Cancer Survivor Meets Bone Marrow Donor at Cubs Game | NBC 10 Philadelphia
National & International News
The day’s top national and international news

Cancer Survivor Meets Bone Marrow Donor at Cubs Game

Josh Byrd, 31, was diagnosed with a rare form of leukemia in 2014, but was fortunate to receive a life-saving bone marrow transplant from Stephanie Newton

    processing...

    NEWSLETTERS

    Josh Byrd was diagnosed with a rare form of leukemia in 2014, but was fortunate to receive a bone marrow transplant that saved his life. On Saturday, he met his donor for the first time at Wrigley Field. Katie Kim reports. (Published Saturday, July 16, 2016)

    A cancer survivor and the woman who helped save his life through a bone marrow transplant met for the first time Saturday, and as they are both lifelong Cubs fans, the emotional event took place at none other than Wrigley Field.

    Josh Byrd, 31, of Chicago, was diagnosed with a rare form of leukemia in 2014, and doctors gave him a grim prognosis.

    “Without the transplant, they said there was a 95 percent chance it would come back," Byrd said. "She saved my life."

    Stephanie Newton, 35, a mom of two from Tennessee, had been patiently waiting for the chance to help.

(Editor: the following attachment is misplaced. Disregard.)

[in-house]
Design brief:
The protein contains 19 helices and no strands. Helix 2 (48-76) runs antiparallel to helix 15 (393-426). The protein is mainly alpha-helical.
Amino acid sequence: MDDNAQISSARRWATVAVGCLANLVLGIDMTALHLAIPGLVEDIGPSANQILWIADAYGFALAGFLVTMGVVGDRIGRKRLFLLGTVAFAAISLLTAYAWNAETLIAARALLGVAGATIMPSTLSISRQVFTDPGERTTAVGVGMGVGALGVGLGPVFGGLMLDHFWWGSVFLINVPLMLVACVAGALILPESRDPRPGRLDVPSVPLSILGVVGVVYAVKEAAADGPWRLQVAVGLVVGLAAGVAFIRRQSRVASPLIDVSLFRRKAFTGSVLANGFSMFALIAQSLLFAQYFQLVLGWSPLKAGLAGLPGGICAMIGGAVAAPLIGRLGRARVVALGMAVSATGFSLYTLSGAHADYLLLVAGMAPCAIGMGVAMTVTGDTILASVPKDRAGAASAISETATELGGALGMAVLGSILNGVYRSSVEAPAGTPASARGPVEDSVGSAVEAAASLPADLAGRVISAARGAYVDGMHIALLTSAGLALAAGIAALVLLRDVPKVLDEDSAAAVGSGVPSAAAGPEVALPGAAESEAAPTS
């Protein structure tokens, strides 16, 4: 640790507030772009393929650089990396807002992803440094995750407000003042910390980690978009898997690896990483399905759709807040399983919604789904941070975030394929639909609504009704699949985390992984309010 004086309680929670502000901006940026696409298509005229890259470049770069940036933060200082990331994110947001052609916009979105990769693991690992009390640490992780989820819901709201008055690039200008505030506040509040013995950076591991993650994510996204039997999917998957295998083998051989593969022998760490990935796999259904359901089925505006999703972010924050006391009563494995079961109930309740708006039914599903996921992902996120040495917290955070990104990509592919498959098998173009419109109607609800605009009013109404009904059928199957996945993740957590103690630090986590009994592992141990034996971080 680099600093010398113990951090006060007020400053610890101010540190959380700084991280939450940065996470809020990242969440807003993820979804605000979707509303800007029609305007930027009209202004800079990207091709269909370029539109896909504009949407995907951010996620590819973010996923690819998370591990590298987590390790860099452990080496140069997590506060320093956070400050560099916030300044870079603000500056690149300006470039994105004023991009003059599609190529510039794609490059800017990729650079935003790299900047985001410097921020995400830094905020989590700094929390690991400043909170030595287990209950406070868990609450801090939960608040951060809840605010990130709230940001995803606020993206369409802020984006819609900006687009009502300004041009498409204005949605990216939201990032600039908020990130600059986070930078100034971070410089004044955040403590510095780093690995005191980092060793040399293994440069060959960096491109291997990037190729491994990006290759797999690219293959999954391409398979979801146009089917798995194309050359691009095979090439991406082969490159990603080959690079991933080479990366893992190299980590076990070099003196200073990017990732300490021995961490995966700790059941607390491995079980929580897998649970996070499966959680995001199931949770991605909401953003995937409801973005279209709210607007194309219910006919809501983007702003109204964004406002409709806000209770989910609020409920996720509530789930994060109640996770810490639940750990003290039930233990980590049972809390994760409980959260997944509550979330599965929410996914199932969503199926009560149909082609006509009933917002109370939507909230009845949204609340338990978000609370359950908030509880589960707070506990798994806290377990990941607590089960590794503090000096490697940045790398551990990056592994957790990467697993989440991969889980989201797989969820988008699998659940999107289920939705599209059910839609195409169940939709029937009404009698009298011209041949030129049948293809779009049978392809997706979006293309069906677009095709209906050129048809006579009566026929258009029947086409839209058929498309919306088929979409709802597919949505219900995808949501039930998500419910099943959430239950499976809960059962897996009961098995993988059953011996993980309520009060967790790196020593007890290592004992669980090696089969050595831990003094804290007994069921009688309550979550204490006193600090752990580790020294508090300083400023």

“I know its very rare to find a match. Most people find matches from within their family, so that's why I just went ahead," Newton said.

    She had signed up for the bone marrow registry through non-profit organization DKMS, and heard nothing for five years.

    Registry representatives say finding a match is like winning the lottery, and the two of them hit the jackpot.

    Both are lifelong Cubs fans, and more than a year after the successful transplant, the two met Saturday for a game.

    "I had to tell all my friends he was a Cubs fan before the donation," Newton said. "It wasn’t like my bone marrow made him that way.”

    They shared a moment, and their story, before taking the field.

    “It's pretty emotional," Byrd said of their meeting. "I had my glasses on but I didn't think I'd cry."

    "There are still a lot of days where I worry about it coming back,” he added.

    To which Newton responded, "I'll always be here if anything happens, and he doesn't have to worry about it coming back, because you know, I'm in."

    Byrd and Newton hope their story will encourage others to get their bone marrow tested and help save more lives.